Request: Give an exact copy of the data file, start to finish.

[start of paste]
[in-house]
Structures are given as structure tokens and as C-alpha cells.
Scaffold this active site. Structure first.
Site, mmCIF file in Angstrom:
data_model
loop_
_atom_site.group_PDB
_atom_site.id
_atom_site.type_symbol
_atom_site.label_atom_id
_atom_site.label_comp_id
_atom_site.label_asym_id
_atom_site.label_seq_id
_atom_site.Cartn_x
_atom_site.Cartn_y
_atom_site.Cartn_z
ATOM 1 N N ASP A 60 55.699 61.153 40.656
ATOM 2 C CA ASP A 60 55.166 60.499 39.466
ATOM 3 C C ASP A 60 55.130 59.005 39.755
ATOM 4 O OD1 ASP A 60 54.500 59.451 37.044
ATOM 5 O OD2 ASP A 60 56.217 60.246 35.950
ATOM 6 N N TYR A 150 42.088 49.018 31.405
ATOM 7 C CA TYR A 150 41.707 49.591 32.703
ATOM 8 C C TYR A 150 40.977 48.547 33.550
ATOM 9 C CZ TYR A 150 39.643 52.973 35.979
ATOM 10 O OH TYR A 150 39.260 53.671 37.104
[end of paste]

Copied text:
[in-house]
Structures are given as structure tokens and as C-alpha cells.
Scaffold this active site. Structure first.
Site, mmCIF file in Angstrom:
data_model
loop_
_atom_site.group_PDB
_atom_site.id
_atom_site.type_symbol
_atom_site.label_atom_id
_atom_site.label_comp_id
_atom_site.label_asym_id
_atom_site.label_seq_id
_atom_site.Cartn_x
_atom_site.Cartn_y
_atom_site.Cartn_z
ATOM 1 N N ASP A 60 55.699 61.153 40.656
ATOM 2 C CA ASP A 60 55.166 60.499 39.466
ATOM 3 C C ASP A 60 55.130 59.005 39.755
ATOM 4 O OD1 ASP A 60 54.500 59.451 37.044
ATOM 5 O OD2 ASP A 60 56.217 60.246 35.950
ATOM 6 N N TYR A 150 42.088 49.018 31.405
ATOM 7 C CA TYR A 150 41.707 49.591 32.703
ATOM 8 C C TYR A 150 40.977 48.547 33.550
ATOM 9 C CZ TYR A 150 39.643 52.973 35.979
ATOM 10 O OH TYR A 150 39.260 53.671 37.104